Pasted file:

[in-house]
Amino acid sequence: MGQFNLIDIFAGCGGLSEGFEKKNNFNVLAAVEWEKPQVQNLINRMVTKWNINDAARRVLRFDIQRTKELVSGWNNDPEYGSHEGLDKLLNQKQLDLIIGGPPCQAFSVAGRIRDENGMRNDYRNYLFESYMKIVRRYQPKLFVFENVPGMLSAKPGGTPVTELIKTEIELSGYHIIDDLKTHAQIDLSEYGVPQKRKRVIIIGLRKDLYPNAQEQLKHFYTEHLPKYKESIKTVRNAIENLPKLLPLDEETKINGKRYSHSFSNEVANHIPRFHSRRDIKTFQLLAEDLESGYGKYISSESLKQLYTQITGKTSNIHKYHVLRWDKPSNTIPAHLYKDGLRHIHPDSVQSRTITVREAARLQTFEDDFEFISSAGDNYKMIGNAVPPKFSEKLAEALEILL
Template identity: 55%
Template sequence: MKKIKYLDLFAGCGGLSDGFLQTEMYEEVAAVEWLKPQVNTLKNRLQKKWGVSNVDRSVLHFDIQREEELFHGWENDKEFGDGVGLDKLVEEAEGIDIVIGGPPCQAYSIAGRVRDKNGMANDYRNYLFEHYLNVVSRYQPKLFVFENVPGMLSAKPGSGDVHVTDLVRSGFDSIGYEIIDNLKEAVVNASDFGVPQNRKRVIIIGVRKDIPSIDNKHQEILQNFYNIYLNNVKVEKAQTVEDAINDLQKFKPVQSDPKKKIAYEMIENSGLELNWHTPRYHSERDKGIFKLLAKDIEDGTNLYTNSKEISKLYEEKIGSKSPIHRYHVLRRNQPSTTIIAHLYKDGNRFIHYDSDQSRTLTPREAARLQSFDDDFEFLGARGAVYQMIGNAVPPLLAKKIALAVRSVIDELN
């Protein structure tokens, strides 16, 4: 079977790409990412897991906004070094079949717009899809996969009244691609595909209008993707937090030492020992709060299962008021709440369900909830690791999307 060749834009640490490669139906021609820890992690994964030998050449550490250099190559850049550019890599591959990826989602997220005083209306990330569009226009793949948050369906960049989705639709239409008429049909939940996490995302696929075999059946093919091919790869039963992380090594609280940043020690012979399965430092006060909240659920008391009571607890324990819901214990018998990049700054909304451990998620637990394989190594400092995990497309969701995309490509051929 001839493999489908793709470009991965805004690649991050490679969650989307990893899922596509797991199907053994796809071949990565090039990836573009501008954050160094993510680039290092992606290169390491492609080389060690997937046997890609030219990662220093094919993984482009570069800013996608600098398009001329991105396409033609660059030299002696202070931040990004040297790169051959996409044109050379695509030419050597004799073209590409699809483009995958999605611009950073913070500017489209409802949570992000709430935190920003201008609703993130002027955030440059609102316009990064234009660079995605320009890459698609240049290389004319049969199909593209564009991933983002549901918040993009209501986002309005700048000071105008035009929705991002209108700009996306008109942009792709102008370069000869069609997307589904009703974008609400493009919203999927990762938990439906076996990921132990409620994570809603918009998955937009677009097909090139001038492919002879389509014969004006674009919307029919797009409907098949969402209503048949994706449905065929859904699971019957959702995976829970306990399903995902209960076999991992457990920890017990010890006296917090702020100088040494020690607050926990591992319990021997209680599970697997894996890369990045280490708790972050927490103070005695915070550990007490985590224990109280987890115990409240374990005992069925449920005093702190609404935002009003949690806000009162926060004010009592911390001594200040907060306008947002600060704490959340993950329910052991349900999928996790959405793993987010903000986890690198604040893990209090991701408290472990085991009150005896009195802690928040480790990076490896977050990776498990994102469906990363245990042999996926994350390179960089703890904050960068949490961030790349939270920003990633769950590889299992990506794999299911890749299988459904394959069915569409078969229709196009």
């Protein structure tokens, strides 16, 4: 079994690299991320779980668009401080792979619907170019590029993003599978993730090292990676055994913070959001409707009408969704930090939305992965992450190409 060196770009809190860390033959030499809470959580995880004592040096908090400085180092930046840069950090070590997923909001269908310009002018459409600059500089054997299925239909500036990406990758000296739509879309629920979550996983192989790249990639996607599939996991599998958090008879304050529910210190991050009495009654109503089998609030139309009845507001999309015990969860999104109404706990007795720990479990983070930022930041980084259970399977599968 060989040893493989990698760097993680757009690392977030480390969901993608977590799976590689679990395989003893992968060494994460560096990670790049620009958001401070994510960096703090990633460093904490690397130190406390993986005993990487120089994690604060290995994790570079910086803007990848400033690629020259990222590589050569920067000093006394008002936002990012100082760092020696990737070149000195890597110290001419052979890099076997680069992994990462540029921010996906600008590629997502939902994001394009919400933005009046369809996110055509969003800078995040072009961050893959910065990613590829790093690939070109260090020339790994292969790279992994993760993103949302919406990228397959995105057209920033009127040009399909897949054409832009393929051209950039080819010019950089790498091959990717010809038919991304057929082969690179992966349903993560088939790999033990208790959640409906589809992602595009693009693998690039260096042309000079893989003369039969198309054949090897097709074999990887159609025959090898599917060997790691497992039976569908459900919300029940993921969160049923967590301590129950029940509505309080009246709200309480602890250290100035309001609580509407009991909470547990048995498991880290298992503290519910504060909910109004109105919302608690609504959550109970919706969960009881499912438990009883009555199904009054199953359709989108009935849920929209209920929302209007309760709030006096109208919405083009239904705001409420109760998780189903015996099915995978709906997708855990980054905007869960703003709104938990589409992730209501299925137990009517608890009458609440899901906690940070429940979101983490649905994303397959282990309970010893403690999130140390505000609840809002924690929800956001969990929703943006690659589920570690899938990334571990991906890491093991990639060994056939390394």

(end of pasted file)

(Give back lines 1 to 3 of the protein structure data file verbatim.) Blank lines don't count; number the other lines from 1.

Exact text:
[in-house]
Amino acid sequence: MGQFNLIDIFAGCGGLSEGFEKKNNFNVLAAVEWEKPQVQNLINRMVTKWNINDAARRVLRFDIQRTKELVSGWNNDPEYGSHEGLDKLLNQKQLDLIIGGPPCQAFSVAGRIRDENGMRNDYRNYLFESYMKIVRRYQPKLFVFENVPGMLSAKPGGTPVTELIKTEIELSGYHIIDDLKTHAQIDLSEYGVPQKRKRVIIIGLRKDLYPNAQEQLKHFYTEHLPKYKESIKTVRNAIENLPKLLPLDEETKINGKRYSHSFSNEVANHIPRFHSRRDIKTFQLLAEDLESGYGKYISSESLKQLYTQITGKTSNIHKYHVLRWDKPSNTIPAHLYKDGLRHIHPDSVQSRTITVREAARLQTFEDDFEFISSAGDNYKMIGNAVPPKFSEKLAEALEILL
Template identity: 55%